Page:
President Ceausescu: To clarify, are you saying that there cannot be detente without condominium?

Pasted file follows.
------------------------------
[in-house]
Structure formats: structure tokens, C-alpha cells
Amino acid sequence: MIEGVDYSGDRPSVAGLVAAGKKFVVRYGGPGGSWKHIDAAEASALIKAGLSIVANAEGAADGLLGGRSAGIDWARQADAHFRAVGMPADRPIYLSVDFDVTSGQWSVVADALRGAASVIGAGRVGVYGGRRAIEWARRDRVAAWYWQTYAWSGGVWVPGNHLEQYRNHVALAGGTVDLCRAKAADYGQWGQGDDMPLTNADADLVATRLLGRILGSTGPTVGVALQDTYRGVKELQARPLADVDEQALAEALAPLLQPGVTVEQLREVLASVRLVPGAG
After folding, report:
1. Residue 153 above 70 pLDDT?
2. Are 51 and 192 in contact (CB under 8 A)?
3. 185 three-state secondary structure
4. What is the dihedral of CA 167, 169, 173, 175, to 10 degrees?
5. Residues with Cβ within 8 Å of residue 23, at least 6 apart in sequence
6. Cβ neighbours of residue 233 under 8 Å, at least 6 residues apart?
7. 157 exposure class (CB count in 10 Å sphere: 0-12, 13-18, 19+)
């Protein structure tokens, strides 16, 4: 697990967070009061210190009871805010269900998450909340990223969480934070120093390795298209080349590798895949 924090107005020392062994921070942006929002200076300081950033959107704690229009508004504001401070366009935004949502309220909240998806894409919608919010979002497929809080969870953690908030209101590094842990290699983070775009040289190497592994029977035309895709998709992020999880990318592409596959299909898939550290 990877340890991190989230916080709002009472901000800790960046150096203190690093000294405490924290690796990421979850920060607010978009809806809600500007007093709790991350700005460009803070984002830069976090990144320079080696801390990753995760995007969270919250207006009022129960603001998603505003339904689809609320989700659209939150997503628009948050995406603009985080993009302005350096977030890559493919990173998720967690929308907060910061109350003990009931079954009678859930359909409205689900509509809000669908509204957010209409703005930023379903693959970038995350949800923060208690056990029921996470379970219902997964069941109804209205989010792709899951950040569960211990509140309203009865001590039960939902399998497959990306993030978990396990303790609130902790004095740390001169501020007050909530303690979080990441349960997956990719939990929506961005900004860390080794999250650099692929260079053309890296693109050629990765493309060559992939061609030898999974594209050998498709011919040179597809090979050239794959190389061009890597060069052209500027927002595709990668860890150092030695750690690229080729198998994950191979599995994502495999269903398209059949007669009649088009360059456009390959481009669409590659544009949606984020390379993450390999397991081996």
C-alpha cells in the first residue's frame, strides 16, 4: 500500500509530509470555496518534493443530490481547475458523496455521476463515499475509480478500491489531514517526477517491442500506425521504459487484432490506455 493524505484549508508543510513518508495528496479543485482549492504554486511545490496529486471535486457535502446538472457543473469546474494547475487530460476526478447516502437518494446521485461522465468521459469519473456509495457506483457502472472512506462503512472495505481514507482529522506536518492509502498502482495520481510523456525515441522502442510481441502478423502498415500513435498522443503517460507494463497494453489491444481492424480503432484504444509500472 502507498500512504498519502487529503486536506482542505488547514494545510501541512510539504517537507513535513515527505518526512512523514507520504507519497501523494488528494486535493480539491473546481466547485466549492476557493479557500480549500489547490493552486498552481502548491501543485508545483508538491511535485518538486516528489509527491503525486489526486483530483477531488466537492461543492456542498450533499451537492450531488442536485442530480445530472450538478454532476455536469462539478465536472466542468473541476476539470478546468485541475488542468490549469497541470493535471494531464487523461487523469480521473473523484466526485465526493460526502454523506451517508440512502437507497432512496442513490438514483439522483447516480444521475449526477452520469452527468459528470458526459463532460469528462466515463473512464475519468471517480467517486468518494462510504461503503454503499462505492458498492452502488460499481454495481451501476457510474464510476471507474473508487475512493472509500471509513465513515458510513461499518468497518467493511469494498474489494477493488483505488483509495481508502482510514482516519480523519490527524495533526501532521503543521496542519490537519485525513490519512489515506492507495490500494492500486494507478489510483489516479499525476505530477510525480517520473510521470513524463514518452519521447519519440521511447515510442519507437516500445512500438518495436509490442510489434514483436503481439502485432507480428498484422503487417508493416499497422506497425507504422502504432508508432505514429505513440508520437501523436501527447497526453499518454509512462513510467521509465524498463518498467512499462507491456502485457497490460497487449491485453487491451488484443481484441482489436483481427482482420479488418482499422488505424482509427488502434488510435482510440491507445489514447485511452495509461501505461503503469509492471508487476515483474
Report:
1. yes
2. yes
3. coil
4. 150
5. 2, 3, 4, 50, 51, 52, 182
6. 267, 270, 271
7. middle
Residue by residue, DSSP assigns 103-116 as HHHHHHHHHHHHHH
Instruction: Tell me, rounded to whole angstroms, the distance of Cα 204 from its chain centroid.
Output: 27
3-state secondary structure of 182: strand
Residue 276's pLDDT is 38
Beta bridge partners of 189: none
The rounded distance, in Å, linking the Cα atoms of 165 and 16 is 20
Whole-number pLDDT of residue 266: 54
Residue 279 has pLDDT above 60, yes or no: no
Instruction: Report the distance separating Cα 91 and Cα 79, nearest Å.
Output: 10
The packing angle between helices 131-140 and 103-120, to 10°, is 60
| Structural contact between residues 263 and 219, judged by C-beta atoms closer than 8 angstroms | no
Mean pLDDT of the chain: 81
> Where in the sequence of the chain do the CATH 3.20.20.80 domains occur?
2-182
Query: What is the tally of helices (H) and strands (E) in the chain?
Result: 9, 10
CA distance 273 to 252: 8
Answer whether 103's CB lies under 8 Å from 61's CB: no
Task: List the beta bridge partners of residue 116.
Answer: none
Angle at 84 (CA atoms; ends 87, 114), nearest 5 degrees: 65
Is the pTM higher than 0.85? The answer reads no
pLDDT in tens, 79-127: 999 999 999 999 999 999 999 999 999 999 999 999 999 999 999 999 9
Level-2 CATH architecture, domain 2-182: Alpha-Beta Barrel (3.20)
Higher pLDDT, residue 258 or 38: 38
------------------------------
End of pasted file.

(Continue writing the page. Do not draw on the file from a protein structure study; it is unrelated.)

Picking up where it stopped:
President Nixon: What it really means is that we can have detente without condominium. That is the best of both worlds. It is a very short-range policy and a nearsighted policy to welcome confrontation between the United States and the USSR. It is important to note in our communique after my visit to China and in the statement issued after Dr. Kissinger's recent visit, as well as in the agreement with the Soviet Union to prevent nuclear was that we were very careful to include language respecting and protecting the rights of all nations, large and small, from being jeopardized by these agreements. The difficulty, of course, is that everyone is suspicious of everyone else, but I can assure you, Mr. President, that, in my talks I have with other leaders where we discuss Romania or countries like Romania, I stand absolutely firm for your independence and sovereignty and firmly against any policy of any nation which might threaten your independence or sovereignty. We recognize your special problems. You have powerful neighbors. I do not suggest they have any designs on your independence. But it is important to bear in mind that so far as the United States is concerned no country, large or small, need have any fear that we will use our power or the diplomacy backed by our power for the purpose of dominating other countries or infringing on their independence. That is the cornerstone of American foreign policy as I have developed it. This applies to the People's Republic of China, to other countries, to Romania, to other nations in Europe and in the Middle East.